CompuBank Works to Build Online Customers

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The war cry at CompuBank.com, Houston, TX, "Get out of line. Bank online!" is a promotion the start-up online bank hopes will help build a national consumer base and establish itself as a dominant player.


"Our goal is to be the pre-eminent Internet bank on the Web," said Jonathan H. Lack, executive vice president of marketing and planning.


CompuBank -- which started last fall with an initial investment of $6 million -- faces stiff competition from Wells Fargo, Citibank and other established banks, which not only have greater name recognition, but are able to convert customers of their physical branches to online equivalents.


"It is a lot easier to convert a customer than to acquire a new one," said Chris Musto, senior analyst at Gomez Advisors Inc., Concord, MA, a research consultancy focusing on Internet commerce.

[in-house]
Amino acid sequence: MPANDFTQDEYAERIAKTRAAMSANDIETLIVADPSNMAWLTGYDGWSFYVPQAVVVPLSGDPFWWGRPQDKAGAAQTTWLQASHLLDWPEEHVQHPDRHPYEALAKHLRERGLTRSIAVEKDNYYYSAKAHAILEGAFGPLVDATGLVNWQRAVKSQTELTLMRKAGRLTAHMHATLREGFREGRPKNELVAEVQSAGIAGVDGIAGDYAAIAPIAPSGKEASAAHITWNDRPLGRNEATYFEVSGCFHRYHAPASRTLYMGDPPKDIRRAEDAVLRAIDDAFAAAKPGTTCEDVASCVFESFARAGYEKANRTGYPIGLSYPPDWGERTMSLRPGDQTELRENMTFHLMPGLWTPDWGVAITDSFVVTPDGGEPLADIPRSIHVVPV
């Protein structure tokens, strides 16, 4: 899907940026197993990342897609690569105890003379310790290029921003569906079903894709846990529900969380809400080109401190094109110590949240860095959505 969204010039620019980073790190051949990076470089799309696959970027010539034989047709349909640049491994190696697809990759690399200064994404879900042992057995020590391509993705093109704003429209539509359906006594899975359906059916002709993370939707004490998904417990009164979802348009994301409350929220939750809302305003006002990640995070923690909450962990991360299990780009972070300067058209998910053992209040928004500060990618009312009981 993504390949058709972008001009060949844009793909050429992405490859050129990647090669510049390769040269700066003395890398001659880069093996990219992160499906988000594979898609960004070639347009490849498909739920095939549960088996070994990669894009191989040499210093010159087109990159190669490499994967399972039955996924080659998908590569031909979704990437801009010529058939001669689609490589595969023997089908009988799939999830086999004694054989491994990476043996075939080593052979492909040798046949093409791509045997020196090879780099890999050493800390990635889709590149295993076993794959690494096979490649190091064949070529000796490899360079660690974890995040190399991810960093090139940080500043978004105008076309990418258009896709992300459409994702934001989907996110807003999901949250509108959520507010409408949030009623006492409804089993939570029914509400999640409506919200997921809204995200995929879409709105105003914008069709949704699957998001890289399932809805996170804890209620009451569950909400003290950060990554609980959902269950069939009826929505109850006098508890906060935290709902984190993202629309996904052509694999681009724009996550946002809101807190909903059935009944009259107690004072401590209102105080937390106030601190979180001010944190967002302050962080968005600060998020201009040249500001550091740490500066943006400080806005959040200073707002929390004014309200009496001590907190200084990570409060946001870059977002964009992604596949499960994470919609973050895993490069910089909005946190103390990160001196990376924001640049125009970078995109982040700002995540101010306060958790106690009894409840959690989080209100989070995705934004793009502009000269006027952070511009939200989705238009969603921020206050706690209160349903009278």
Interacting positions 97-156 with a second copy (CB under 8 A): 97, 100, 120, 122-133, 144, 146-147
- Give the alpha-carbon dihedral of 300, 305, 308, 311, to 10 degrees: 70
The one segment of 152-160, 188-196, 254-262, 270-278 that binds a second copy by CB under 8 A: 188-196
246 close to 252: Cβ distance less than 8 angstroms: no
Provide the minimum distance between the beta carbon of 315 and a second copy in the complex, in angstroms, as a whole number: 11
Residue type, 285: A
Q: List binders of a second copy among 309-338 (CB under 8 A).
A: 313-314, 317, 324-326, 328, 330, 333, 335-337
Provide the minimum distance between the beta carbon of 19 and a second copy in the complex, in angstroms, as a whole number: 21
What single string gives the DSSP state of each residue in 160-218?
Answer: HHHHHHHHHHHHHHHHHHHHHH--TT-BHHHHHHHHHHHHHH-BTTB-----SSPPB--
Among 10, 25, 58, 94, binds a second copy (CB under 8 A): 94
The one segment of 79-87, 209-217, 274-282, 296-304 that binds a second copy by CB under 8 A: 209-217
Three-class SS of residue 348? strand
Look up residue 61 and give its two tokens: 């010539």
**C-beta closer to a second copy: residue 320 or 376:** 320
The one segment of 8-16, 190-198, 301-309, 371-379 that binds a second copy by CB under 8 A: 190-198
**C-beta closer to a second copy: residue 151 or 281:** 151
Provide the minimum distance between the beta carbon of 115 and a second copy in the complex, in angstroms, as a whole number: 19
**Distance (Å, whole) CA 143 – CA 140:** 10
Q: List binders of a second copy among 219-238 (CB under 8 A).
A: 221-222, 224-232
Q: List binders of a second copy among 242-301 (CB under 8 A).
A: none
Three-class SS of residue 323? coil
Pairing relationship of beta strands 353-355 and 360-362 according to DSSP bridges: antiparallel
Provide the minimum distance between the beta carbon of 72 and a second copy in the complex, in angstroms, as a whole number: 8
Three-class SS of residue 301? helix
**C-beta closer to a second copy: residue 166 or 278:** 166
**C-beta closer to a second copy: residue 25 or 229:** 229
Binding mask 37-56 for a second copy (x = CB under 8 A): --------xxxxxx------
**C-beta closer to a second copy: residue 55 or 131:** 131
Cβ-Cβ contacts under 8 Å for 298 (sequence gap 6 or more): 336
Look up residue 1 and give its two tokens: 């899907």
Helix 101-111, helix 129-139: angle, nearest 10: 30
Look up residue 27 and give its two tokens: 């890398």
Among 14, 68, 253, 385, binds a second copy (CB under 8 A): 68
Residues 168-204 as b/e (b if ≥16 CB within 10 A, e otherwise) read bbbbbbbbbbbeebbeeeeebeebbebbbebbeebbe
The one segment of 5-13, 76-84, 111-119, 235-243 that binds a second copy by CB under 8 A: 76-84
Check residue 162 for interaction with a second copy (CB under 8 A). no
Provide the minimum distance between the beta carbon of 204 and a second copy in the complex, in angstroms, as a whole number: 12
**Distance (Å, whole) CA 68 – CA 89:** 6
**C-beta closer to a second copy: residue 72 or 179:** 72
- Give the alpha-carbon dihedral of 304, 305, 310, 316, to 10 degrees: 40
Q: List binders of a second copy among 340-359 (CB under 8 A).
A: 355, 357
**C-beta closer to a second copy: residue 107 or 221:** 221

CompuBank's promotion efforts, however, extend only to quid pro quo and pay-as-you-acquire deals with fellow Web marketers.


"CompuBank's strategy is to find ways to get business referred rather than go out and acquire customers," Musto said. "This is a model that makes sense for a product that has limited funding. The bottom line here is that CompuBank doesn't have a brand name, so it piggybacks off branded communities, and it pays them as accounts are acquired."


According to a recent survey of 55 Internet banks by Gomez Advisors, CompuBank was ranked first in ease of use and second in cost savings.


At the core of CompuBank's services are features that take advantage of the digital age, such as real-time processing, the ability to view transactions for the past year, wire transfers and one-click customer service. With $200 and a few minutes to complete an online application, consumers receive instant approval.


But alienating itself from prospects who want one-stop banking services, the bank does not offer loans to its customers.


"It's not going to succeed by offering only deposit services," Musto said. "It needs to offer credit cards and mortgages.


"It needs to cast a wide net to get a bigger population and to think creatively with each alliance and each site community it serves," he said.
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